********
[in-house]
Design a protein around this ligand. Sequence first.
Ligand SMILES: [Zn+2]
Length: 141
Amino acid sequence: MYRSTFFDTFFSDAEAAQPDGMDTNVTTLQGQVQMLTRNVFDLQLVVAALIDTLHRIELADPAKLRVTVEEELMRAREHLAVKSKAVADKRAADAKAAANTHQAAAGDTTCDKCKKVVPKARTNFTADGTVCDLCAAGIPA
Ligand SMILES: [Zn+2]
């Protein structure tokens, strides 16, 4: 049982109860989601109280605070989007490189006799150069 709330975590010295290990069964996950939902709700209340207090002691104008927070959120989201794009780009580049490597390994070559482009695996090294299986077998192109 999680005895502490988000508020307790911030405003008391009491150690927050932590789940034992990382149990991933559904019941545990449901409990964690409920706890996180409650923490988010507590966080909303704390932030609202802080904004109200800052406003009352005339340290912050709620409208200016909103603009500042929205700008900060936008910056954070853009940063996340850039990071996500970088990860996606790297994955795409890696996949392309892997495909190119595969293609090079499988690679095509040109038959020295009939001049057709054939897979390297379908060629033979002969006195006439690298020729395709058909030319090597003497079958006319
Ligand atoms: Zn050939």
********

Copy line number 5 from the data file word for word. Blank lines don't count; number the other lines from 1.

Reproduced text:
Amino acid sequence: MYRSTFFDTFFSDAEAAQPDGMDTNVTTLQGQVQMLTRNVFDLQLVVAALIDTLHRIELADPAKLRVTVEEELMRAREHLAVKSKAVADKRAADAKAAANTHQAAAGDTTCDKCKKVVPKARTNFTADGTVCDLCAAGIPA